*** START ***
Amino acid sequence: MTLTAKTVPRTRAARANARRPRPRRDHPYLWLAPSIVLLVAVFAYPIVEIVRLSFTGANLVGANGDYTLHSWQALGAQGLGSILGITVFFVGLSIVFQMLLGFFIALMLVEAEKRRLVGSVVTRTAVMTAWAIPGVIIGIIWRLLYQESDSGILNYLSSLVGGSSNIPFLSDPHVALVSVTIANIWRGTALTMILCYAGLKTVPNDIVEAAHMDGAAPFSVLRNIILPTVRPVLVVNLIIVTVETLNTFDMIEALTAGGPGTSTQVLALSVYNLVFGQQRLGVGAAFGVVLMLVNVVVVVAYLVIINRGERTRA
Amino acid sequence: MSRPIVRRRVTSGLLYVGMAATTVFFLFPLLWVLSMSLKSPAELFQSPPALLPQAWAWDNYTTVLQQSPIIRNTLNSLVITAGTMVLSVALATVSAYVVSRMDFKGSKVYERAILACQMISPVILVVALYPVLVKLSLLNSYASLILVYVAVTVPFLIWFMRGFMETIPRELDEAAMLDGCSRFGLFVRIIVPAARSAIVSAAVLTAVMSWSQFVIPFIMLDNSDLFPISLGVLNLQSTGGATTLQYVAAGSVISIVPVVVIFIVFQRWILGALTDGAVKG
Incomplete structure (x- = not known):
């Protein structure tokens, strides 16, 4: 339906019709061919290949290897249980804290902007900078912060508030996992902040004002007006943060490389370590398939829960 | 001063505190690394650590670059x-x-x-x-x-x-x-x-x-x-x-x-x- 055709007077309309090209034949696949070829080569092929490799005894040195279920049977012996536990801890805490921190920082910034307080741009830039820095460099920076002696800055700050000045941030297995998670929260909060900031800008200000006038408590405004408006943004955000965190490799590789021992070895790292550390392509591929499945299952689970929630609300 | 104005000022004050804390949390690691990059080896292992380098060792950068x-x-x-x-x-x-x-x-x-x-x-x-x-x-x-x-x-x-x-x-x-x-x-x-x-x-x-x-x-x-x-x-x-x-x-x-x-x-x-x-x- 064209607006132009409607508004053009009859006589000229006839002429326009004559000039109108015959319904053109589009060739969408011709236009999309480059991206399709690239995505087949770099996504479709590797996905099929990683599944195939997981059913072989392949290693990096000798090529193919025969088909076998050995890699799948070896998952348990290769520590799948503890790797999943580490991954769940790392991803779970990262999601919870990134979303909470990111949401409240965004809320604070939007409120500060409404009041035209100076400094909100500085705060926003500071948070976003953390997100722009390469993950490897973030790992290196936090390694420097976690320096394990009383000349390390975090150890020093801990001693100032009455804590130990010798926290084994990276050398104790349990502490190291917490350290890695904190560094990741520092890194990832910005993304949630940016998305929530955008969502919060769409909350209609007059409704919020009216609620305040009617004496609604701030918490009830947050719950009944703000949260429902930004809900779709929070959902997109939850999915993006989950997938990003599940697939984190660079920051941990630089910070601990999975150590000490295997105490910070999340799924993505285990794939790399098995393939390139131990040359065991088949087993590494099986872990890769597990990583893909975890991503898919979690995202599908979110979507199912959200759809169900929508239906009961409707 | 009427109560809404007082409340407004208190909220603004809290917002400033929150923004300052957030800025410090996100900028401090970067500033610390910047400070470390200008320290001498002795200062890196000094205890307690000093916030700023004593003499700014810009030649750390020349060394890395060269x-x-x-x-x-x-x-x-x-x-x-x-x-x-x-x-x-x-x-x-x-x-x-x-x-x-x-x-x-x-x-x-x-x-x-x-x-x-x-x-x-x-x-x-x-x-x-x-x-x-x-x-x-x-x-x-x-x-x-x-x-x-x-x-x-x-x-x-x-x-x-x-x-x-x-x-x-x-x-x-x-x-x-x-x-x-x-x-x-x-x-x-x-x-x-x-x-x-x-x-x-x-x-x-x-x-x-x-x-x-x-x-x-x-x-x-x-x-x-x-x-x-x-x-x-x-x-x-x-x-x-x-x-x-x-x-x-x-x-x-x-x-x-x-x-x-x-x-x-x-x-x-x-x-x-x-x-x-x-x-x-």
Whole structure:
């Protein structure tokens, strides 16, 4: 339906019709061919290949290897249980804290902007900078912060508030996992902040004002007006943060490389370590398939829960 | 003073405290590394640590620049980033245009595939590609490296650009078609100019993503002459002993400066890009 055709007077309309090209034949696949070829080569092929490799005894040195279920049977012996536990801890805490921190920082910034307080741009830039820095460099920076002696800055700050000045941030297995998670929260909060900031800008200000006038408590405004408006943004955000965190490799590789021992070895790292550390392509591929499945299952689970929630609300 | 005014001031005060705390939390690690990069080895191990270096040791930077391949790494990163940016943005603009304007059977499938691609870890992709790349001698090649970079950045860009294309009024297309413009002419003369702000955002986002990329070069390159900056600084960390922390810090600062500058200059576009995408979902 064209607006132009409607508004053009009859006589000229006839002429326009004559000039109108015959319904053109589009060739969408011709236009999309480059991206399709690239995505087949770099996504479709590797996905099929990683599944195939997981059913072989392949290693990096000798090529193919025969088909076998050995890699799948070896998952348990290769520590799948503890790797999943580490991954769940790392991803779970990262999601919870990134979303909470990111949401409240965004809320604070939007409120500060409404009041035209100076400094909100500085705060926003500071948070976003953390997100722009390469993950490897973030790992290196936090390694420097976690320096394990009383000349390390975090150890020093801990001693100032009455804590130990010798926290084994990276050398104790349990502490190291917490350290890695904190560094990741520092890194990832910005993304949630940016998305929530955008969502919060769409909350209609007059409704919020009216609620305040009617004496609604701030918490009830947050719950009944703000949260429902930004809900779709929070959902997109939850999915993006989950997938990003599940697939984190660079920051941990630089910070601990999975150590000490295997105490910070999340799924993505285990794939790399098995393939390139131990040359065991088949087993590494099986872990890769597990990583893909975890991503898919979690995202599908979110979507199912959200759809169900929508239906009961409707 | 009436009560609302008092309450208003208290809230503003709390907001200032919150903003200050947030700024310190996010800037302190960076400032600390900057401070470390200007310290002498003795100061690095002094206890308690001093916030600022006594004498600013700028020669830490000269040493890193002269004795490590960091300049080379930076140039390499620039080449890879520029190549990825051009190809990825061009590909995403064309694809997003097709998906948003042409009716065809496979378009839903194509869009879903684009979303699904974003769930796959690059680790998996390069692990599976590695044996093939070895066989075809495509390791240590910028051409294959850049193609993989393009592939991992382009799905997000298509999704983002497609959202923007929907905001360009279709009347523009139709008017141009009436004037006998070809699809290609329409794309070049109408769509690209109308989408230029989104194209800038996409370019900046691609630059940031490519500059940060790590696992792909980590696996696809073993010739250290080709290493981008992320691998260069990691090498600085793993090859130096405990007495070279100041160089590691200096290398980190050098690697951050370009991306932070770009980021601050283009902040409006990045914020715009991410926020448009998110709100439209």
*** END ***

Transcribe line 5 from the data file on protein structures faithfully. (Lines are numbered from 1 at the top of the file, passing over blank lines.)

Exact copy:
Whole structure: